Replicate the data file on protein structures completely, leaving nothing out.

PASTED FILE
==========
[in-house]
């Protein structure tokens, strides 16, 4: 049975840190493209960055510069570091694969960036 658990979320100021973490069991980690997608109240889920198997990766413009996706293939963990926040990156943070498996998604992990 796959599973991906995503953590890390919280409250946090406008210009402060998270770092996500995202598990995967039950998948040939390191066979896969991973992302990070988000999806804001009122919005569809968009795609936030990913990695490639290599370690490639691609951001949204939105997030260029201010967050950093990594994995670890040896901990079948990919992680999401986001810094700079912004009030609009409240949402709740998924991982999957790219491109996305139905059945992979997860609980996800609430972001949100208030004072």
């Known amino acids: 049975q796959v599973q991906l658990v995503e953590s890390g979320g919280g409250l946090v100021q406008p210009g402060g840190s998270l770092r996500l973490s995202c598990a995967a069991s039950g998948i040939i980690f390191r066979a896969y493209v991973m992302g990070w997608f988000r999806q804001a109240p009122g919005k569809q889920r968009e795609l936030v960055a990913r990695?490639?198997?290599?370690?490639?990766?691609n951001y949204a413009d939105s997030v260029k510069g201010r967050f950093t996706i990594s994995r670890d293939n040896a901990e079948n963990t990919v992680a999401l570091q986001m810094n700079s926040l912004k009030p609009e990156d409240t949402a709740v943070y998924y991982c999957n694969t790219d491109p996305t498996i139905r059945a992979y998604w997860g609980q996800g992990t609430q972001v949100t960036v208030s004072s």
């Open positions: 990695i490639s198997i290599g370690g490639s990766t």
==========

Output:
[in-house]
């Protein structure tokens, strides 16, 4: 049975840190493209960055510069570091694969960036 658990979320100021973490069991980690997608109240889920198997990766413009996706293939963990926040990156943070498996998604992990 796959599973991906995503953590890390919280409250946090406008210009402060998270770092996500995202598990995967039950998948040939390191066979896969991973992302990070988000999806804001009122919005569809968009795609936030990913990695490639290599370690490639691609951001949204939105997030260029201010967050950093990594994995670890040896901990079948990919992680999401986001810094700079912004009030609009409240949402709740998924991982999957790219491109996305139905059945992979997860609980996800609430972001949100208030004072």
């Known amino acids: 049975q796959v599973q991906l658990v995503e953590s890390g979320g919280g409250l946090v100021q406008p210009g402060g840190s998270l770092r996500l973490s995202c598990a995967a069991s039950g998948i040939i980690f390191r066979a896969y493209v991973m992302g990070w997608f988000r999806q804001a109240p009122g919005k569809q889920r968009e795609l936030v960055a990913r990695?490639?198997?290599?370690?490639?990766?691609n951001y949204a413009d939105s997030v260029k510069g201010r967050f950093t996706i990594s994995r670890d293939n040896a901990e079948n963990t990919v992680a999401l570091q986001m810094n700079s926040l912004k009030p609009e990156d409240t949402a709740v943070y998924y991982c999957n694969t790219d491109p996305t498996i139905r059945a992979y998604w997860g609980q996800g992990t609430q972001v949100t960036v208030s004072s």
């Open positions: 990695i490639s198997i290599g370690g490639s990766t």